WASHINGTON — Shoppers budgeting for Black Friday and beyond might want to consider this: Come January, workers' paychecks will likely be a little smaller.
The payroll tax break that has given the average Oklahoman an extra $580 a year is set to expire, and there has been little talk of extending it for another year as President Barack Obama and Congress prepare to negotiate on income taxes and spending cuts.
Rep. Tom Cole, R-Moore, a member of the House Budget Committee, said Wednesday that it's a topic on which Republicans and Democrats appear to agree.
“We haven't had a bidding war here,” he said. “You have to come off this fiscal high one step at a time.”
At a Budget Committee hearing earlier this year, Cole asked a White House budget official whether the president would seek to extend the payroll tax cut in 2013.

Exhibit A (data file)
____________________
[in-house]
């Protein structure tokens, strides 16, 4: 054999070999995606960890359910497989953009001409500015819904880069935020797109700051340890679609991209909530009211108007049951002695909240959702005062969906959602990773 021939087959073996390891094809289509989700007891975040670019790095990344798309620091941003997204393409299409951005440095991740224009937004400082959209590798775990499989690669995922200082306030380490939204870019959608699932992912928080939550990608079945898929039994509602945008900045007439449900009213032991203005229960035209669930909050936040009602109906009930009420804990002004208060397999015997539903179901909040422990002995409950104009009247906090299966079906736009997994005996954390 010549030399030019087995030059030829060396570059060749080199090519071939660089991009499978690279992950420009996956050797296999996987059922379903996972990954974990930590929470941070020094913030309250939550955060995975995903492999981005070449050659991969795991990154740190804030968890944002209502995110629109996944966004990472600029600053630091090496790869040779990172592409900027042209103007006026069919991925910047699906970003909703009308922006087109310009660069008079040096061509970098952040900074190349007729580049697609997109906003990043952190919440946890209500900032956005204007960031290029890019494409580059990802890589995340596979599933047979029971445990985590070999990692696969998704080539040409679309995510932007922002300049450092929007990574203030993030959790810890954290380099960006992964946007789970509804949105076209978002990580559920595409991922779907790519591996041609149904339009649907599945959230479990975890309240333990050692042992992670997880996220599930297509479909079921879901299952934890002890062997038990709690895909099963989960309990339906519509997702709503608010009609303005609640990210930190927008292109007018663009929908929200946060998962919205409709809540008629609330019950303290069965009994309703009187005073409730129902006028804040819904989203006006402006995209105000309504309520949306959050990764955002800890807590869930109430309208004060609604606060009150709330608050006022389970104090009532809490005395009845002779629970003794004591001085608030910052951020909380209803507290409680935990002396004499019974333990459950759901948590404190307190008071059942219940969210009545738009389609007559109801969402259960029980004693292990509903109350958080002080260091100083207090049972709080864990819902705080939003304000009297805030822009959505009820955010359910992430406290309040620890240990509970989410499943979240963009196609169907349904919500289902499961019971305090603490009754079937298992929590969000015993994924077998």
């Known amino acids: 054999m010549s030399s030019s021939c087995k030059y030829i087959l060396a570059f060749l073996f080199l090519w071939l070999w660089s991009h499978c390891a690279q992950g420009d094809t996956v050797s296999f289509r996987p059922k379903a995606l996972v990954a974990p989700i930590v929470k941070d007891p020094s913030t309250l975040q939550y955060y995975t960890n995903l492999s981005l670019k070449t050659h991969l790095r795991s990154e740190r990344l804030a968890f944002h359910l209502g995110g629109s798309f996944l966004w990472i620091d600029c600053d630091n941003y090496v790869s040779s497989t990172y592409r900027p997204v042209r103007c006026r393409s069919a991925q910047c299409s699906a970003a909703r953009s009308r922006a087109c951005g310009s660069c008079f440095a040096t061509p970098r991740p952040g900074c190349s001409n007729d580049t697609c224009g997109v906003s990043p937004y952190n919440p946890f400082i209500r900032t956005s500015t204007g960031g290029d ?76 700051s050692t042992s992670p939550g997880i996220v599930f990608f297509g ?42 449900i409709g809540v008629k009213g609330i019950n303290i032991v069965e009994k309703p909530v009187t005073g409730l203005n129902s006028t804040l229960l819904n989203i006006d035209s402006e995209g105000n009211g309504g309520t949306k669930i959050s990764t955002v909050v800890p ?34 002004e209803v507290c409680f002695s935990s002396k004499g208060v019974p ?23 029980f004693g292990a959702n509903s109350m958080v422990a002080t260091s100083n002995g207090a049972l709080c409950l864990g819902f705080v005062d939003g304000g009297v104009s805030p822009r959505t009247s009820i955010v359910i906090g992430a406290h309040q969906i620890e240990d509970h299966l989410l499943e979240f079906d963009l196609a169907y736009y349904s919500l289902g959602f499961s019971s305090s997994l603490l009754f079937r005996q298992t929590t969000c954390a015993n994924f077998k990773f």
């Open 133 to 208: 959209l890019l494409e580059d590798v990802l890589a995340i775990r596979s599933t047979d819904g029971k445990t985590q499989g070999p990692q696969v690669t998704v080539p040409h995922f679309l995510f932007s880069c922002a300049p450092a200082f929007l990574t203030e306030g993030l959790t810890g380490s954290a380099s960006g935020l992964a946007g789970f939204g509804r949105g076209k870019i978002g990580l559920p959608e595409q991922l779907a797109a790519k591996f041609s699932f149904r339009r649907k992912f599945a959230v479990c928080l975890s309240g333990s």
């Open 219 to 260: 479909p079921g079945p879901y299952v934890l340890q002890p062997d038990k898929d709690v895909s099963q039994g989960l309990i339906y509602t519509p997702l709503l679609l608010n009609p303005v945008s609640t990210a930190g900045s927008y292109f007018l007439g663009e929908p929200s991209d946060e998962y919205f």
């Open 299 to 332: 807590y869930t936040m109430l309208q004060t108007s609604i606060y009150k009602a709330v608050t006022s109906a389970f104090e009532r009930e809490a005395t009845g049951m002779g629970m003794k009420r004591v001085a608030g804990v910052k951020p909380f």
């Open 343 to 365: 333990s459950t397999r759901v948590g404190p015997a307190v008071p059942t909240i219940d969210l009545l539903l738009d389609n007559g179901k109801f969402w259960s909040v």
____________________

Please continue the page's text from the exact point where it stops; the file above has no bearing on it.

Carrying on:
“We're confident that we'll be in the type of shape economically that we can end the payroll tax holiday,” Jeffrey Zients told Cole then.
House Democratic leader Nancy Pelosi told reporters in September, “I would hope that we would not extend it.”
Cole said allowing the payroll tax rate to revert to its normal level “will hit every single person who works.”
But he said it would be prudent not to extend it since the tax is dedicated to Social Security, which is “an important component of Americans' retirement.”
Rep. James Lankford, R-Oklahoma City, a Budget Committee member, said Wednesday that he has also heard that the tax break would be allowed to expire. Continuing it, he said, would threaten the viability of Social Security or add to the nation's debt.
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